9. Thought your approach was nuts at first but this is actually very smart. Modular, easy to break down and move – and not over-built like so many of the 2×4 systems which are very strong but overkill for typical household stuff. Good job!

  10. Glad it helped and I agree; I need it to hold empty suitcases not transmissions.

  11. This video is really impressive.Well demonstration on how to make quick and easily storage #shelves. Nice work.

  12. looks weak, id use 2×4

  13. I followed your pattern. it snapped, killed my dog, and stabbed me in the nuts

  14. +cacadodo666 Really sorry to hear about your dog. And your nuts. Ouch! The video does get tricky in the middle. Just to be clear, you’re supposed to (1) face east (2) stand on your left foot while (3) looking (just looking) at a yoga pose (any will do). Most people get the east part right, but then some try to do the yoga pose while looking at someone on their left foot. Totally won’t work that way…and can be dangerous!

  15. And the aftermath of this incident
    (1) find a stray cat; cost = free
    (2) self sex change; cost = free

  16. +cacadodo666 lol that sucks.. having 666 in your name probably didn’t help, & when your working for Devil that don’t help always lose lol…

  17. I’m concerned that this design is vulnerable to lateral collapse on both horizontal axes (but mostly lateral). The supports will rock from side to side more and more over time. What’s worse: each level is an essentially separate system, so it can wiggle like a snake, adding other complexities of momentum. The bottom level is the most likely to fail, but any of them could. Tug on a heavy box wrong, bump into it wrong, or if a child tries to climb up the side …. could be disaster. As I see it, the minimum remedies would be (1) Secure each level to wall studs (2) Add sisters to the corner uprights. (3) Add trusses to the back and sides. Best wishes.

  18. That was my 1st thought- definately needs to be anchored to wall, not free standing. I would have run 2x3s vertically for support and a couple for cross support.

  19. Could I use 2x4s and rip them instead of 2x2s? I’m considering doing this, but $70 is still too much money for me so I’ll probably pick my lumber from a construction site waste bin where 2x2s aren’t commonly found.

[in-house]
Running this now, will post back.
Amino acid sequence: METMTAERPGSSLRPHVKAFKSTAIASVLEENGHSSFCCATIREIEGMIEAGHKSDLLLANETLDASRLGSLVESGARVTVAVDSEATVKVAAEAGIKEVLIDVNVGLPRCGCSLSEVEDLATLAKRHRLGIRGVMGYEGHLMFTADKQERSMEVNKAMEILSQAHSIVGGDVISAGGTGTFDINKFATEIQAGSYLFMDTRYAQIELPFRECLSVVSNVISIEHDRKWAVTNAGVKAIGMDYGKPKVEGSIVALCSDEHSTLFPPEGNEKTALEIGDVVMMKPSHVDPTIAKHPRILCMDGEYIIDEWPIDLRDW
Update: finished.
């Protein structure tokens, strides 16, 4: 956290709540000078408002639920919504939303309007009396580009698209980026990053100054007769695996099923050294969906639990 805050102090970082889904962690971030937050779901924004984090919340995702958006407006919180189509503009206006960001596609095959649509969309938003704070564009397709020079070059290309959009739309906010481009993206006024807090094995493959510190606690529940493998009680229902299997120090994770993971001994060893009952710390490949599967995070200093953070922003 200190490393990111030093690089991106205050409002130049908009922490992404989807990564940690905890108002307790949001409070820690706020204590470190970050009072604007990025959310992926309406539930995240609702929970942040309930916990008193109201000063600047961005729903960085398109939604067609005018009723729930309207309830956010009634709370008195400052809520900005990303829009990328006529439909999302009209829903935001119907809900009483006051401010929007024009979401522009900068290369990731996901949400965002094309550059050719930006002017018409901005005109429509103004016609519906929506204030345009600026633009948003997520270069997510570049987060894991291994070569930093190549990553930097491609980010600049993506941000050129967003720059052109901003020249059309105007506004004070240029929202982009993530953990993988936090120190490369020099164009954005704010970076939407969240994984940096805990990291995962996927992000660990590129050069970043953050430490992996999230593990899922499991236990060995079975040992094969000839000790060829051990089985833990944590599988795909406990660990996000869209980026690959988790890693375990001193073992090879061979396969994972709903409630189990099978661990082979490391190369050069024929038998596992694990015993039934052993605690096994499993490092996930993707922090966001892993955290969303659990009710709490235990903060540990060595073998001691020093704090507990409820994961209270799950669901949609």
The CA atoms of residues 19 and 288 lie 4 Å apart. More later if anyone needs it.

20. Yes absolutely. You might even like those better than what you buy. Keep in mind that my measurements rely on the dimensional lumber measurements, i.e. a 2×2 is really 1.5″ x 1.5″. Good luck!

  21. justgivemethetruth

    Labor intensive and a kind of flimsy, but nice looking design. Stand on either end and just rhythmically tap and you will this thing resonate because there is no diagonals/shear members, and the vertical supports do not go continuously from top to the bottom. It looks good though and probably won’t have to go through any earthquakes, right? 😉

  22. This guy is baked.

  23. Wait til’ the kids climb on them and tip those fuckers over!!! Then you will have advice on “getting a good lawyer for cheap”

  24. This is VERY unsafe ‘modular’ design!!

  25. im going to make some thing not so big and not so wide i going to make some thing that is 1 foot x 1 foot and maybe 5 feet tall and i going to use wood that not so thick or heavy but strong more like 2 inch x 2 inch and 5 feet tall but not in one part more then one part to make it 5 feet tall its only going to hold light weight things it will not be for heavy things. want to make it so u can take apart and put together when ever any one wants to. also want the wood to be strong but not heavy so can be delivered to any where.
    here a link to some thing almost what i want to make only that this one is not small enough part so that if i send it to any where it will fit in a smaller box so that the cost will be less in delivery also this one only has 4 shelf’s i need to have 5 so here the link https://www.amazon.com/dp/B000NPSJP0/ref=wl_it_dp_o_pC_nS_ttl?_encoding=UTF8&colid=8YYA7TOT8YFO&coliid=IPUNADBRYZ96C&psc=1

  26. good it hit your nuts, you didn’t need to breed.

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    Awesome )O_-(

  28. Thanks for posting this. I followed your video and built these shelves a couple years ago and they are serving us very well. I’m satisfied with the stability.

  29. You would be better off with the 2×4’s and NOT ripping them in half !!!!

  30. Efficiency was completely ignored. I cant imagine a more difficult way to build simple shelves. If i have massive amounts of time to waste ill build my shelves this way.

  31. Love the design and the clean look. Any shelves built with 2×4 get old and tiresome to look at. I wonder if using glue in addition to the screws will be a good thing. These are the best looking shelves by far.